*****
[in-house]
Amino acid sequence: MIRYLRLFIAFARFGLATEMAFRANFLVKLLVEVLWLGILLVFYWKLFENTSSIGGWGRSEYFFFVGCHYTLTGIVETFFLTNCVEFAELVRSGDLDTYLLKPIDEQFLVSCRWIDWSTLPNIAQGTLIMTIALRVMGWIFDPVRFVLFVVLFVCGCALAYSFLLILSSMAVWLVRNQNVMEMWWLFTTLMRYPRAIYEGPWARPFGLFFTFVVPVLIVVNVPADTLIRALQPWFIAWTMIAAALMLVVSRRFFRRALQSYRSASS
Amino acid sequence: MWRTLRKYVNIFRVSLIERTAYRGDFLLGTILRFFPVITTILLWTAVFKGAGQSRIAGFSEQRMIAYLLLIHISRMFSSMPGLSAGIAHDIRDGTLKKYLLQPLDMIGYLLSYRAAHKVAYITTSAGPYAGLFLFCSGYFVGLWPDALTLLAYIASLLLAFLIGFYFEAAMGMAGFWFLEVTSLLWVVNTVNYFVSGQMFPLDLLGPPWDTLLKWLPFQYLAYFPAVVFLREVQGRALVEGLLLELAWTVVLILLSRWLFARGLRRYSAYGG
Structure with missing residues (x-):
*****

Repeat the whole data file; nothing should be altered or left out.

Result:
[in-house]
Amino acid sequence: MIRYLRLFIAFARFGLATEMAFRANFLVKLLVEVLWLGILLVFYWKLFENTSSIGGWGRSEYFFFVGCHYTLTGIVETFFLTNCVEFAELVRSGDLDTYLLKPIDEQFLVSCRWIDWSTLPNIAQGTLIMTIALRVMGWIFDPVRFVLFVVLFVCGCALAYSFLLILSSMAVWLVRNQNVMEMWWLFTTLMRYPRAIYEGPWARPFGLFFTFVVPVLIVVNVPADTLIRALQPWFIAWTMIAAALMLVVSRRFFRRALQSYRSASS
Amino acid sequence: MWRTLRKYVNIFRVSLIERTAYRGDFLLGTILRFFPVITTILLWTAVFKGAGQSRIAGFSEQRMIAYLLLIHISRMFSSMPGLSAGIAHDIRDGTLKKYLLQPLDMIGYLLSYRAAHKVAYITTSAGPYAGLFLFCSGYFVGLWPDALTLLAYIASLLLAFLIGFYFEAAMGMAGFWFLEVTSLLWVVNTVNYFVSGQMFPLDLLGPPWDTLLKWLPFQYLAYFPAVVFLREVQGRALVEGLLLELAWTVVLILLSRWLFARGLRRYSAYGG
Structure with missing residues (x-):